More than 100 environmental groups are pressuring former Secretary of State Hillary ClintonHillary Diane Rodham ClintonClinton lawyer's indictment reveals 'bag of tricks' Attorney charged in Durham investigation pleads not guilty Attorney indicted on charge of lying to FBI as part of Durham investigation MORE to oppose hydraulic fracturing, days before her expected presidential campaign announcement.
The coalition of mostly local anti-fracking groups noted that New York, the likely host to her campaign and the state she represented in the Senate for eight years, banned fracking in December.
“In light of overwhelming and rapidly increasing scientific evidence of harm, we ask that you now acknowledge the inherent dangers in shale development and stand with us and the countless families and communities at risk from fracking across the nation,” the groups wrote in a Friday letter.
“We implore you to listen to the science, listen to the pleas of mothers and fathers who don’t want their children to breathe or drink toxic chemicals, and join the anti-fracking majority,” said the groups, which include actor Mark Ruffalo.
The groups took the opportunity in the letter to criticize Clinton’s record on fracking, a highly controversial oil and natural gas drilling process in which water and chemical additives are pumped into wells at high pressure.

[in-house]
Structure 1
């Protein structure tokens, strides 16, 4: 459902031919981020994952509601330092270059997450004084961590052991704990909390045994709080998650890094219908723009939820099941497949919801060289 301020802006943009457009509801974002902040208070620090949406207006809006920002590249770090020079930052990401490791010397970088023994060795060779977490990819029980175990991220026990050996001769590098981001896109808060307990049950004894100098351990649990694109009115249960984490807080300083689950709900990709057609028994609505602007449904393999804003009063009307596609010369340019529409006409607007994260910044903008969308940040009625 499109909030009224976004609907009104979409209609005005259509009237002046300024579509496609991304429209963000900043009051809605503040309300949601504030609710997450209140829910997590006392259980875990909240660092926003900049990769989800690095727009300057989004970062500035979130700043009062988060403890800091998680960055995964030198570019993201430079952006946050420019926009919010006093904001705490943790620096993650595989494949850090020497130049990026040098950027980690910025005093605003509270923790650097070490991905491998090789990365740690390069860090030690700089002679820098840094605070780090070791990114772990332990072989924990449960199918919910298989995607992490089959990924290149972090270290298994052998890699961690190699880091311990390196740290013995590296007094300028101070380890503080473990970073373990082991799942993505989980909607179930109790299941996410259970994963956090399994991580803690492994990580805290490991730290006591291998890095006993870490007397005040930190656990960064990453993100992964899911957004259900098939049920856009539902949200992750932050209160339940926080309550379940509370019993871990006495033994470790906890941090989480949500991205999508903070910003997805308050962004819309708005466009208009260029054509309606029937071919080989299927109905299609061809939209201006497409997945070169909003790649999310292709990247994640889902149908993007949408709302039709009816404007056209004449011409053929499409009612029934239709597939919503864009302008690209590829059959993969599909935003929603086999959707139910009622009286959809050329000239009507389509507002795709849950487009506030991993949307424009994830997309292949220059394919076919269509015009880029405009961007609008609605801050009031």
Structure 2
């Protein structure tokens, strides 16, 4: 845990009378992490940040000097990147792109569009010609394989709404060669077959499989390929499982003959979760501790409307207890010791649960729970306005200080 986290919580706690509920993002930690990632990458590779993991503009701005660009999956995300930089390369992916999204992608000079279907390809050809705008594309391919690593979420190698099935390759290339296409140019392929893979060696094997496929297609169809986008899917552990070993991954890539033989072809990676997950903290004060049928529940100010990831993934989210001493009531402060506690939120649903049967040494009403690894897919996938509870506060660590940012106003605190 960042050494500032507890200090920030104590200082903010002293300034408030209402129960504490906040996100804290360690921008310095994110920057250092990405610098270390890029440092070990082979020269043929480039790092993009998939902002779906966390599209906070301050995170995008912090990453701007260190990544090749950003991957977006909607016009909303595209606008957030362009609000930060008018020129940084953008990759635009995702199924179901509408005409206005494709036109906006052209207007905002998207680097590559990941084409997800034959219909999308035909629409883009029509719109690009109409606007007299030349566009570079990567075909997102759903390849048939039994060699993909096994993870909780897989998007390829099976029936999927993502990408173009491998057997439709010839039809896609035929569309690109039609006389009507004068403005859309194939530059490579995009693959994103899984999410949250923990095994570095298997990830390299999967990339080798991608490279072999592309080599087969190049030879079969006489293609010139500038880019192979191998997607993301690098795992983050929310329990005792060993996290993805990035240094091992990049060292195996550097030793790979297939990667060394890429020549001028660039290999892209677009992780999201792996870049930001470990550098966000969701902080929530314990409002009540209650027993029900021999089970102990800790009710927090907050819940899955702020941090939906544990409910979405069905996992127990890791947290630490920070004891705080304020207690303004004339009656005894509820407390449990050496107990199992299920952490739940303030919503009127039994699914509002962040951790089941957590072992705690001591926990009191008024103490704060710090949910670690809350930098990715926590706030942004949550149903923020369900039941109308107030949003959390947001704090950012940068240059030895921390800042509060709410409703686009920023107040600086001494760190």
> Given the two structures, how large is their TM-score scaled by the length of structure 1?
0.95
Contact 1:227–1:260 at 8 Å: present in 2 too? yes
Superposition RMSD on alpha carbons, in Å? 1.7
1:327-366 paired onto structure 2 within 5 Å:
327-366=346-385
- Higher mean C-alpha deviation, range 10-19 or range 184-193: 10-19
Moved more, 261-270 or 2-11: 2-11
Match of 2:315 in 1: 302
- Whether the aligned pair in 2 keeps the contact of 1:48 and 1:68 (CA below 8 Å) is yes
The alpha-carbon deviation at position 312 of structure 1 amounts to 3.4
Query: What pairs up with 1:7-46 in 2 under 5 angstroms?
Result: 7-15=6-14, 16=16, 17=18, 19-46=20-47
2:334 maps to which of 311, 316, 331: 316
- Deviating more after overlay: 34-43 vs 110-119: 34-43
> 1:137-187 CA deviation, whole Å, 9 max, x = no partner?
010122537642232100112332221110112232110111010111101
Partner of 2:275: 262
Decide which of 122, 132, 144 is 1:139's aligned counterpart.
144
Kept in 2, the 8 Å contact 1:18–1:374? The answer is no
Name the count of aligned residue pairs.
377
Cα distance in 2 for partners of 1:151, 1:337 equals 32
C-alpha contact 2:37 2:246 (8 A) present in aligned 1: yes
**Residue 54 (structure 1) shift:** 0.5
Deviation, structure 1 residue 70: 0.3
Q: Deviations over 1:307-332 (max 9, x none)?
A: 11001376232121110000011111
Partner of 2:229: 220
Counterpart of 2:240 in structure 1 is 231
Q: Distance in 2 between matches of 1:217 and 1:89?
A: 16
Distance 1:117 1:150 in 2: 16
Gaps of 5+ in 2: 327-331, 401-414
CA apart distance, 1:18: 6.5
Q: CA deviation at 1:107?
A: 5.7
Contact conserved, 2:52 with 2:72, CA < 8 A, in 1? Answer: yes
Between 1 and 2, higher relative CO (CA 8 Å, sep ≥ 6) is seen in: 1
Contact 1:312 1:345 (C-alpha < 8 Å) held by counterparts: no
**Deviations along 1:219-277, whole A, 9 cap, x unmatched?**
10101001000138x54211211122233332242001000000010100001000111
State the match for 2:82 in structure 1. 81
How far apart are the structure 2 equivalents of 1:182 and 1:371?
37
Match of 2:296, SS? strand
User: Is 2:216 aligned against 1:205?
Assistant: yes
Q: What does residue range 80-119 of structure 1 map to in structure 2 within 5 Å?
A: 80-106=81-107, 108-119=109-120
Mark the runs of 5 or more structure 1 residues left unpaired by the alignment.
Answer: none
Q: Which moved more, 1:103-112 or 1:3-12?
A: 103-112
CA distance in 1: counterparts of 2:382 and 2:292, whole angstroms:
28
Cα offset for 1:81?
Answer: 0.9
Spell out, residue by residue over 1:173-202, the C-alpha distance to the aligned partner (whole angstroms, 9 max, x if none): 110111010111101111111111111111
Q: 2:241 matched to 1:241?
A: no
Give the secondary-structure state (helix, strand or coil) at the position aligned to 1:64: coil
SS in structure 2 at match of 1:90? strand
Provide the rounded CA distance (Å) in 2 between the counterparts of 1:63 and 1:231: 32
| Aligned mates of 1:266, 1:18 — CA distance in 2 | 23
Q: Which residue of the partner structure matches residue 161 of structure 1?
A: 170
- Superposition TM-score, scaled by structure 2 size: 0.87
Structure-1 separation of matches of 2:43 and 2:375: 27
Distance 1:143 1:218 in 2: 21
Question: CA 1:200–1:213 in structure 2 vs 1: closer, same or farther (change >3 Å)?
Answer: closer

Greens have long said fracking threatens groundwater, soil and air quality, and that the gas it helps produce contributes to climate change.
But fracking has led an energy renaissance in the United States, making the country the top natural gas and oil producer in the world.
As secretary of State, Clinton promoted fracking globally as a way to increase energy security. The letter called that decision “gravely disappointing.”
Clinton later said natural gas can be a “bridge” fuel toward greater use of renewable energy, which the environmentalists said was wrong.
Fracking is not the only issue on which environmentalists are frustrated with Clinton.
They have also pressured her to come out in opposition to the Keystone XL oil pipeline, an issue she has largely avoided, owing to her position as secretary of State.